"Still doing business at the old stand.  This week's bill is one of the best moving picture shows ever thrown on the canvas." - , Utah
14 February 1909
New Electric Theatre
(Grande Vaudeville Theatre)

425 East 25th Street
Ogden, Utah 84401

(1907 - ?)

Lester B. Funge announced plans in August 1904 for the Grande Vaudeville Theatre, “an up-do-date playhouse with all the modern accessories,” to be built between the Reed Hotel and the St. Paul Lodging House.  The $25,000 building was to be two stories high, built of pressed brick and brown sandstone.  With a capacity of 800 opera chairs, the theater would extend back to the side of the Grand Opera House.  The “commodious family theatre” was to present “clean, moral, up-do-date vaudeville performances.”[1]

Funge, who had lived in Ogden for 25 years, was “thoroughly conversant with the show business,” having spent the previous11 years managing theaters in San Francisco.  He was “well and favorably known” in Ogden and appreciated that Ogden was “a good show town.”  J. P. O'Neill, owner of the property, was to serve as contractor.  “Architect Smith” was engaged in drawing up the plans.[1]

The 1906 Sanborn fire insurance map shows an office building at about 425 East 25th Street with a bowling alley on the first floor, offices and rooms on the second, and a hall on the third.  The building was located east of the Reed Hotel and west of the St. Paul Hotel.[2]

On 20 November 1907, the New Electric theater opened, just east of the Reed Hotel.  The showhouse had been remodeled with steam heat, a “picture machine with the most modern improvements,” and “all the necessary conveniences.”  The cinema opened with “a strong bill . . . bound to place the popular little house in the front ranks of the small theaters of the city.”[3]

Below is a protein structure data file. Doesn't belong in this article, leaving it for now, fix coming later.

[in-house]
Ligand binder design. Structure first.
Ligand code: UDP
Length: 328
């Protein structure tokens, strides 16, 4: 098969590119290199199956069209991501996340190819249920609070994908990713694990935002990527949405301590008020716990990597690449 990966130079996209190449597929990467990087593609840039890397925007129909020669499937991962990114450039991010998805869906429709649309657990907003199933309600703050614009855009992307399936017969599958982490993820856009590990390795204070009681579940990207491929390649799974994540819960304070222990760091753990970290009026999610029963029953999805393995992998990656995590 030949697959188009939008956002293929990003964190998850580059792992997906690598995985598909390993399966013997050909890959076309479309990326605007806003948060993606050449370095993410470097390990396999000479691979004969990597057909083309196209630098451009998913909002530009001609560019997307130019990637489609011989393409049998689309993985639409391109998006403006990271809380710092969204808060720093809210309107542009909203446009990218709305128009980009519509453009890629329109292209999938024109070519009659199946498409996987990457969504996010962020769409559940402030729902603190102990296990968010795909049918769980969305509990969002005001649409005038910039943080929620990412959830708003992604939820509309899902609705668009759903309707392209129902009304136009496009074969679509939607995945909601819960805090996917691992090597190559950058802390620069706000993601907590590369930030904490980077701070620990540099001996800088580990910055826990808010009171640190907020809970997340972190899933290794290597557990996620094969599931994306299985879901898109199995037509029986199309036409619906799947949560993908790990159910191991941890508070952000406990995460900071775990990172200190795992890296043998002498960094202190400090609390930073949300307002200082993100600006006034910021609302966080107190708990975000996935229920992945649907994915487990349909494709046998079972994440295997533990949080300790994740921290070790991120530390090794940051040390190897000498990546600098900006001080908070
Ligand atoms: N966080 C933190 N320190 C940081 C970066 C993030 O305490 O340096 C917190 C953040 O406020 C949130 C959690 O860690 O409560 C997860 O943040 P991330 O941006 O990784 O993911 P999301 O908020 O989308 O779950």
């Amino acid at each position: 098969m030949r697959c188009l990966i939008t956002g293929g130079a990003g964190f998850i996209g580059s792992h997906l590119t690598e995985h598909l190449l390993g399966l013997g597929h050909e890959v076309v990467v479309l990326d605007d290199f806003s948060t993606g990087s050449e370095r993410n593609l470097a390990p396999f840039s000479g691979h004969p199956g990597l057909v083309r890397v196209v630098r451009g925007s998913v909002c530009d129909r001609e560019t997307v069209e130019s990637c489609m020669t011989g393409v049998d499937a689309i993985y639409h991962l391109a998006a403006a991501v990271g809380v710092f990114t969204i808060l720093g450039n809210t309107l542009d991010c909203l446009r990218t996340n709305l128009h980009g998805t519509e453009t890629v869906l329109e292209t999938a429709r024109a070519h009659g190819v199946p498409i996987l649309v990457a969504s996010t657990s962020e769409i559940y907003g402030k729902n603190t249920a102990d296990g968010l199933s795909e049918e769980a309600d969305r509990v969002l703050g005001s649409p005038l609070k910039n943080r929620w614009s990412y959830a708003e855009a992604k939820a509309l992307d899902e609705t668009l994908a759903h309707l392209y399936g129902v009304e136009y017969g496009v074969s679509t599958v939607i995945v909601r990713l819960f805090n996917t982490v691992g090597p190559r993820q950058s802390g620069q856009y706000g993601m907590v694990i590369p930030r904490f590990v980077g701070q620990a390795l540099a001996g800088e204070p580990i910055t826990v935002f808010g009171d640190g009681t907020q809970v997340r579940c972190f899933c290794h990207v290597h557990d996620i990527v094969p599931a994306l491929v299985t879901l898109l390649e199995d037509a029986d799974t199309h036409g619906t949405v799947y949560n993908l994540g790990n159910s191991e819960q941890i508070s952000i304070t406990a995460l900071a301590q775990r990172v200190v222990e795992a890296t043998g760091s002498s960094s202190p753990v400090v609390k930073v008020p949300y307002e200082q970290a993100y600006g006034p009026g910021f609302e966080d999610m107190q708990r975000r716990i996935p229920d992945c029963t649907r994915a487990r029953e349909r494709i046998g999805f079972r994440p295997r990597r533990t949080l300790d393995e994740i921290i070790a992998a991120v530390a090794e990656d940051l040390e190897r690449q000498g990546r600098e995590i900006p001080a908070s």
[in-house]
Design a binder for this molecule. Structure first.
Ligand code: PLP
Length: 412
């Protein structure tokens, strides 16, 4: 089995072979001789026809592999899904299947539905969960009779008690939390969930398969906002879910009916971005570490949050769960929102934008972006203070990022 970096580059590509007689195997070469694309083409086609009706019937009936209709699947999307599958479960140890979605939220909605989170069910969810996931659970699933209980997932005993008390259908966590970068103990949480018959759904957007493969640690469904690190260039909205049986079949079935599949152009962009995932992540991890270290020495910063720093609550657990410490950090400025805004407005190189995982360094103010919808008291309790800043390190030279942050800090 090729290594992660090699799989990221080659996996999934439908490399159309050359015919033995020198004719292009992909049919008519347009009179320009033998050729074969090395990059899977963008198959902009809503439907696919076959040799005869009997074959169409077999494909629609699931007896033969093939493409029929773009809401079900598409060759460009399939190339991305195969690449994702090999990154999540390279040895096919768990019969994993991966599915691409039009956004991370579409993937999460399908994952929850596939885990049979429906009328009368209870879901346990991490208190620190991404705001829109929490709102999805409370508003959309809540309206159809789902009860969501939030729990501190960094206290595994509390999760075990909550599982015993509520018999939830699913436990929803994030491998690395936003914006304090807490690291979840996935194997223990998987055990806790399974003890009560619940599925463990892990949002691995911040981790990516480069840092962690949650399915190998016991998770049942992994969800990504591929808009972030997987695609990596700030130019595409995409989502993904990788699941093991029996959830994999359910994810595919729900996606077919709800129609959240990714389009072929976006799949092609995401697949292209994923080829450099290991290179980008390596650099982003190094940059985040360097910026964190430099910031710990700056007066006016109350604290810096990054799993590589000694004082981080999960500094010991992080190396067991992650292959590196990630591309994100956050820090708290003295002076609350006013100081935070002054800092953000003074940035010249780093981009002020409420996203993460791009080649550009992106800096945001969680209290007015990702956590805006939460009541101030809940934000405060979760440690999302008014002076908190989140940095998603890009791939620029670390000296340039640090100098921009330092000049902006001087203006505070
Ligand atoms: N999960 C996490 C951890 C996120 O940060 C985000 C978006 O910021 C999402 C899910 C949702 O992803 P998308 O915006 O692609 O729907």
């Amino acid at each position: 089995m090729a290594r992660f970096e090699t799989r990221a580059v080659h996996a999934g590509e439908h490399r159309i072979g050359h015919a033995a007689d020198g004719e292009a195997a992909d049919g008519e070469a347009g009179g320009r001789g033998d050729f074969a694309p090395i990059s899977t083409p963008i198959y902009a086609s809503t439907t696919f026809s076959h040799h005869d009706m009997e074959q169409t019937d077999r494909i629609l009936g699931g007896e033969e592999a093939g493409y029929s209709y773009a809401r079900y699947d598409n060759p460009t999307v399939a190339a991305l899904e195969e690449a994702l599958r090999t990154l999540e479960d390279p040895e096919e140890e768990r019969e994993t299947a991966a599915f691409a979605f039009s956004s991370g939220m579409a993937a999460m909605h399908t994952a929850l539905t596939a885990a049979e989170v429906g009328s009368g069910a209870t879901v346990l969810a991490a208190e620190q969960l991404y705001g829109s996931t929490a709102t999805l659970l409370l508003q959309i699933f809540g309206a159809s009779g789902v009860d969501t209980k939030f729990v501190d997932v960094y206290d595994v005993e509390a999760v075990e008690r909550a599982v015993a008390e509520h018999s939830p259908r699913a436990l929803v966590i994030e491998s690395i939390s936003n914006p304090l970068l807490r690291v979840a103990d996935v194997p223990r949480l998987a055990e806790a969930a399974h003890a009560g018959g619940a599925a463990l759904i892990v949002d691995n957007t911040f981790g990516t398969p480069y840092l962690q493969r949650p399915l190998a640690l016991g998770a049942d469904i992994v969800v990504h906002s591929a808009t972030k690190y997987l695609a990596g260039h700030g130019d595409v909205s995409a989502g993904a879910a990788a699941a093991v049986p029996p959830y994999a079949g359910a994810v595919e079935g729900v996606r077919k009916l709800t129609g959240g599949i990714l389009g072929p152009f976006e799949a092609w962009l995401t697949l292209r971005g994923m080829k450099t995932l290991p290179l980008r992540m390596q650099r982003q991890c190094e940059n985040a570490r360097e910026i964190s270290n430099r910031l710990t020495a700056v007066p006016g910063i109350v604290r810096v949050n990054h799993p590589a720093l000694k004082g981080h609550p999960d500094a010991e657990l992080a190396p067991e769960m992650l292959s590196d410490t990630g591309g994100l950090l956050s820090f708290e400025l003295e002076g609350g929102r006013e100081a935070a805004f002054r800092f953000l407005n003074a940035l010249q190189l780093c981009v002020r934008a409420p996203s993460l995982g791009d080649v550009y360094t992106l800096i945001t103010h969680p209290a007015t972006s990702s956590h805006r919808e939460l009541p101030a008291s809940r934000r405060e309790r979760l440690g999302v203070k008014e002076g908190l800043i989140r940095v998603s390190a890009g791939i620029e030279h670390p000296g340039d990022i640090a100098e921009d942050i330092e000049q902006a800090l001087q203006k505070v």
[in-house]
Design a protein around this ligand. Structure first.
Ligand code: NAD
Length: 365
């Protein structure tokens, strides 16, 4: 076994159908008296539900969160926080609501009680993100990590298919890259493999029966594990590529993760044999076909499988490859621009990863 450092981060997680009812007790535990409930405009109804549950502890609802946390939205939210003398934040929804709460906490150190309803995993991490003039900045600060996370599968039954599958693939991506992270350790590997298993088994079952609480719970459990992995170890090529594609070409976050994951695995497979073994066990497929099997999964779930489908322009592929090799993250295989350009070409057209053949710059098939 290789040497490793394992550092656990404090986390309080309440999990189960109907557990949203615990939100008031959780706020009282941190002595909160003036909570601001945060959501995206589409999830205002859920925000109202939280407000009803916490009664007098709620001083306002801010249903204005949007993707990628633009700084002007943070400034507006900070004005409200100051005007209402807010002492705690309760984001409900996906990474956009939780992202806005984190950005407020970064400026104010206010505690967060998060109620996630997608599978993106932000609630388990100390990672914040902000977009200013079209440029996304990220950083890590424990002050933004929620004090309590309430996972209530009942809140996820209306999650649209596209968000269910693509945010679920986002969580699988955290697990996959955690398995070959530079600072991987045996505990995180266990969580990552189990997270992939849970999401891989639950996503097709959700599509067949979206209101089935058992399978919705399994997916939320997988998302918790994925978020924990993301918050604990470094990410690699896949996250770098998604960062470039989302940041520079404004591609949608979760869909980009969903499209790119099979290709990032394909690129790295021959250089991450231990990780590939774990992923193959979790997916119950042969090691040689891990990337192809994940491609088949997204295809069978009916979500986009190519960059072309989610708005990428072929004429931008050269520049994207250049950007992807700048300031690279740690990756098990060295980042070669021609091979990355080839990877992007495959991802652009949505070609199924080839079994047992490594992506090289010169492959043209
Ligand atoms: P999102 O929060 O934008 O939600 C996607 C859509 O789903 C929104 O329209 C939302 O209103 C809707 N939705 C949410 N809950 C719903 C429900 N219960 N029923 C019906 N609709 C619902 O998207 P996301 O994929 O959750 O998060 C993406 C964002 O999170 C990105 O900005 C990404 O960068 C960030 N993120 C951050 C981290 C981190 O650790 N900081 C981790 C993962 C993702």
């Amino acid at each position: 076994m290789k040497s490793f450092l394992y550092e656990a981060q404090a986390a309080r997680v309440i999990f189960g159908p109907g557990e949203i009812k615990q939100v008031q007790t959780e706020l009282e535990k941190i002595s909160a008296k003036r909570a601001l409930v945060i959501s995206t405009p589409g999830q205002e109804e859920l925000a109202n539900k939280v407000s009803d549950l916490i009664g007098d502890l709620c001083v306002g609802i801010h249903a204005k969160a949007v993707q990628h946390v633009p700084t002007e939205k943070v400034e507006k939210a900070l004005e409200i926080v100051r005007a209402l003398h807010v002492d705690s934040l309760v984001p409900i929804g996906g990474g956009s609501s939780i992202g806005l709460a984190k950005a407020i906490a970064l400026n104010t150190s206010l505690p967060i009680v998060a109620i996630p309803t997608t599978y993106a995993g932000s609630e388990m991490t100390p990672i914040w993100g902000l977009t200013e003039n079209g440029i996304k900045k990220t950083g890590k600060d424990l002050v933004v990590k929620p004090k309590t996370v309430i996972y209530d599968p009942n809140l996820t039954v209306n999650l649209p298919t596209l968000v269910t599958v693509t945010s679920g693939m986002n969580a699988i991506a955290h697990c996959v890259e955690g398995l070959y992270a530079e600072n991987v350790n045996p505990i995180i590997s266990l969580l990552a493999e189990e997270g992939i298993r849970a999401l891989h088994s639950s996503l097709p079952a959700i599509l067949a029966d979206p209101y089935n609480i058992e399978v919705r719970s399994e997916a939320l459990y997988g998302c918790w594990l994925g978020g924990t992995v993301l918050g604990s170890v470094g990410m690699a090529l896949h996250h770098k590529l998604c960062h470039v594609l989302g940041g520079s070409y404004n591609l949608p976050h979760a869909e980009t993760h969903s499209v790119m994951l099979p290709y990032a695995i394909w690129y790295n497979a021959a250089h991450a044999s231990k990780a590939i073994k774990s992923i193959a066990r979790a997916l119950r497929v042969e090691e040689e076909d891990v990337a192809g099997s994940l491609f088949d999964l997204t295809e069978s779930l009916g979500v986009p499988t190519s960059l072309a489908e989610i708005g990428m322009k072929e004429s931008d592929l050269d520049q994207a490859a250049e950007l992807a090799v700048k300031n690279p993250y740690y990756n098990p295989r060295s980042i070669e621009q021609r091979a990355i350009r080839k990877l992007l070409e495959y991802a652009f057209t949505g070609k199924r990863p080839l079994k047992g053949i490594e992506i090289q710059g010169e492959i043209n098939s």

The 197-seat Electric was the first theater operated by the Alhambra Theatre Company, which grew within seven years to be a chain of at least eight theaters, with locations in Salt Lake City, Ogden, Boise, Pocatello, and Rock Springs Wyoming.  The Electric Theatre opened under the management of H. A. Springs and included property valued at $1,000.[4]

On the 1950 Sanborn insurance map, the Hotel Ogden appeared to occupy the Electric Theatre building and the adjacent St. Paul Lodging House.[2]

1. "New Ogden Theatre", Ogden Standard Examiner, 22 August 1904, page 6
2. "Sanborn-Maps", New Electric Theatre (Ogden), Sanborn Insurance Maps, 1906
3. "New Electric Theater", Ogden Standard Examiner, 19 November 1907, page 3
4. "Theater on Hudson Avenue is to Cost Approximately $150,000", Ogden Standard Examiner, 26 March 1914, page 7